During the Sichuan Army’s two-year campaign against the Miao at Chong’an, they had been repeatedly slowed by having to ferry themselves across a deep, unbridged gorge just west of town. In 1874 Mesny wrote in the Shanghai Courier how he was designing a chain-link suspension bridge over the chasm, which lay on the main post road between Hunan and Guiyang:
“The bridge will have a span of 190 feet, with a width of 10 feet, and will be 56 feet (all Chinese measurements) above the level of the lowest water. The quantity of iron used will be about 60,000 catties, and will cost altogether less than Tls. 10,000. The cost will be paid by [Zhou Dawu], whose orders I am awaiting to commence the work, should he approve of the plans which are on a new principle of which your humble servant claims to be the inventor.”
The initial idea was to forge the iron for the chains at the Guiyang armoury from old military scrap, and then cart it over the hills to Chong’an, but by early March it had been decided to use local iron ore smelted on-site. Typically, Mesny left Guiyang shortly afterwards and never saw the completed bridge, which still crosses the Chong’an river. The chains were so well made that they have never rusted, even after nearly a century and a half in the open.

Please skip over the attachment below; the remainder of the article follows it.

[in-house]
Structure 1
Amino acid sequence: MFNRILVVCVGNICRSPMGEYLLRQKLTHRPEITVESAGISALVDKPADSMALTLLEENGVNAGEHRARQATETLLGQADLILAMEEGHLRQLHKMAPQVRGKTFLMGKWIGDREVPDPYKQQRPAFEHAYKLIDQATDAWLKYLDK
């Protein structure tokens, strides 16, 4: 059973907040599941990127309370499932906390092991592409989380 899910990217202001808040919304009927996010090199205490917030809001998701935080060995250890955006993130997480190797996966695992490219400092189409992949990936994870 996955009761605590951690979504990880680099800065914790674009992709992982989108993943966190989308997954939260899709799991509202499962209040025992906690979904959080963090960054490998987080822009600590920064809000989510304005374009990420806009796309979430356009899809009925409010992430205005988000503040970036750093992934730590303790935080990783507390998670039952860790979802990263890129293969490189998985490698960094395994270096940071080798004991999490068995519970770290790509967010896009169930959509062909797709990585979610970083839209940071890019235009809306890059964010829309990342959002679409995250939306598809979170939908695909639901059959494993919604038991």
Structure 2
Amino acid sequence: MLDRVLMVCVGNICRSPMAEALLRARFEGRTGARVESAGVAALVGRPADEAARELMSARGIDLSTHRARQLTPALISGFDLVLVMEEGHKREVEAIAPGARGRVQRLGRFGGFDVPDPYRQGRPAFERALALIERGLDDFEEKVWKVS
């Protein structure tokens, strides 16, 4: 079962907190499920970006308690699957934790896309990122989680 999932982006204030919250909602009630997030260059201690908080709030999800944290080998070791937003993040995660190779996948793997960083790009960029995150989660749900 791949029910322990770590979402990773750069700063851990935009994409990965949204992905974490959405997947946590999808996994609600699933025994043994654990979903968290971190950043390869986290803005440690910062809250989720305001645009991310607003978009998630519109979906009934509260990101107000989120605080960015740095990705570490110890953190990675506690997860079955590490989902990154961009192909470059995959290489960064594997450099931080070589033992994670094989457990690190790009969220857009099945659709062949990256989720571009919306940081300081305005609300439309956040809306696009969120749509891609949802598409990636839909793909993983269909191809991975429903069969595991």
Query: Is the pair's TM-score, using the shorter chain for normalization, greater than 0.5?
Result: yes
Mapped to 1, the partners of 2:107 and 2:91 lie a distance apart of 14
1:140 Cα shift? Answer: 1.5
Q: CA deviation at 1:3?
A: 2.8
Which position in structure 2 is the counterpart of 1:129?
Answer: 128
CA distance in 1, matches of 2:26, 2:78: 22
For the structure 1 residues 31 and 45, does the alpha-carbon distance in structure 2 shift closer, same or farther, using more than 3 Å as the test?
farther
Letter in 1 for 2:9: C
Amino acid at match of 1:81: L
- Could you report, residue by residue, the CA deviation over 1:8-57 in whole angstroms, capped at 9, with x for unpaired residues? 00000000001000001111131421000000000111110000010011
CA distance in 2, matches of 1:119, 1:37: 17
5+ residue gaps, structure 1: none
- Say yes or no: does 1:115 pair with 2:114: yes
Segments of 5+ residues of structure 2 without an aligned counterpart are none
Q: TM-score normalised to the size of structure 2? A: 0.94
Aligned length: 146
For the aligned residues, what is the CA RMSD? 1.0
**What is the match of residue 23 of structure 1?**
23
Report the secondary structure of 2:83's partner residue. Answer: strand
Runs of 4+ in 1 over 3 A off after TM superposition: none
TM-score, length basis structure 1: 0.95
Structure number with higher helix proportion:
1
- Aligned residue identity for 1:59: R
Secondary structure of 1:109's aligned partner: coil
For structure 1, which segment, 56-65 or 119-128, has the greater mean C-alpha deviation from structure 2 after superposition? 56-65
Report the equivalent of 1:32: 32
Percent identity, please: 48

A memorial tablet at the bridge today translates, in part:
“Iron suspension bridge, built in the twelfth year of the Qing Tongzhi reign (1873). During the Miao insurgency in Guizhou, the Viceroy Zhou Dawu (aka Zhou Weichen) led his troops to the Chong’an River, but were unable to cross as the soldiers’ route was blocked during the Spring flooding, leaving Zhou burning with impatience. When the insurgency was pacified, Zhou donated 12,000 taels towards building this bridge, beginning in October, and finishing the following June.”